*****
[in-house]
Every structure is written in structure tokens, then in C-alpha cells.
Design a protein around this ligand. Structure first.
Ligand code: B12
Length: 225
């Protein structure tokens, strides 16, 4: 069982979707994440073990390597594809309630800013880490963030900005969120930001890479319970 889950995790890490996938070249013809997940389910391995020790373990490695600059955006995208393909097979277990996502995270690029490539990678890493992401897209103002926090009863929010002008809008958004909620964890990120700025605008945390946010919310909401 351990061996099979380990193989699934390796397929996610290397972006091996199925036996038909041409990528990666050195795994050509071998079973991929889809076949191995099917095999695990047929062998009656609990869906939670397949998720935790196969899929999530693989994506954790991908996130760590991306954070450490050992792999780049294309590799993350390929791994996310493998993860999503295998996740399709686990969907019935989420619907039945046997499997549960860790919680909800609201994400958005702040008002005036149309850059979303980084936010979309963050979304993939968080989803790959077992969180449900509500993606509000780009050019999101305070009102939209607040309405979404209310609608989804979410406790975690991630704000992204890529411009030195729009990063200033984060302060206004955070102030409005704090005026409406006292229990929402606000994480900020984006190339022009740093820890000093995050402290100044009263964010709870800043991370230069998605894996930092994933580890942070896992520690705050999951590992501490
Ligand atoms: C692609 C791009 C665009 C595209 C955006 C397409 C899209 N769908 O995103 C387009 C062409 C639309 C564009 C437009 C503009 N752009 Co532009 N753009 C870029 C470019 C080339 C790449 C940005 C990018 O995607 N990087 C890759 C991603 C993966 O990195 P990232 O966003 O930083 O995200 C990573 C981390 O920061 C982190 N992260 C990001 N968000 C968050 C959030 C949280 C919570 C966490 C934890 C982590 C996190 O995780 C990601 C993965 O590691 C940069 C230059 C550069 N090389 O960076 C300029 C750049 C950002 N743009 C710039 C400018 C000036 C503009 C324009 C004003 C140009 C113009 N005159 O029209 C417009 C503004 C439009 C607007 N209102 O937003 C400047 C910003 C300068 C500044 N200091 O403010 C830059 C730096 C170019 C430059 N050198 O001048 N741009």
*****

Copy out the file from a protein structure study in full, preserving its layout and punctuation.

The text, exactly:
[in-house]
Every structure is written in structure tokens, then in C-alpha cells.
Design a protein around this ligand. Structure first.
Ligand code: B12
Length: 225
């Protein structure tokens, strides 16, 4: 069982979707994440073990390597594809309630800013880490963030900005969120930001890479319970 889950995790890490996938070249013809997940389910391995020790373990490695600059955006995208393909097979277990996502995270690029490539990678890493992401897209103002926090009863929010002008809008958004909620964890990120700025605008945390946010919310909401 351990061996099979380990193989699934390796397929996610290397972006091996199925036996038909041409990528990666050195795994050509071998079973991929889809076949191995099917095999695990047929062998009656609990869906939670397949998720935790196969899929999530693989994506954790991908996130760590991306954070450490050992792999780049294309590799993350390929791994996310493998993860999503295998996740399709686990969907019935989420619907039945046997499997549960860790919680909800609201994400958005702040008002005036149309850059979303980084936010979309963050979304993939968080989803790959077992969180449900509500993606509000780009050019999101305070009102939209607040309405979404209310609608989804979410406790975690991630704000992204890529411009030195729009990063200033984060302060206004955070102030409005704090005026409406006292229990929402606000994480900020984006190339022009740093820890000093995050402290100044009263964010709870800043991370230069998605894996930092994933580890942070896992520690705050999951590992501490
Ligand atoms: C692609 C791009 C665009 C595209 C955006 C397409 C899209 N769908 O995103 C387009 C062409 C639309 C564009 C437009 C503009 N752009 Co532009 N753009 C870029 C470019 C080339 C790449 C940005 C990018 O995607 N990087 C890759 C991603 C993966 O990195 P990232 O966003 O930083 O995200 C990573 C981390 O920061 C982190 N992260 C990001 N968000 C968050 C959030 C949280 C919570 C966490 C934890 C982590 C996190 O995780 C990601 C993965 O590691 C940069 C230059 C550069 N090389 O960076 C300029 C750049 C950002 N743009 C710039 C400018 C000036 C503009 C324009 C004003 C140009 C113009 N005159 O029209 C417009 C503004 C439009 C607007 N209102 O937003 C400047 C910003 C300068 C500044 N200091 O403010 C830059 C730096 C170019 C430059 N050198 O001048 N741009």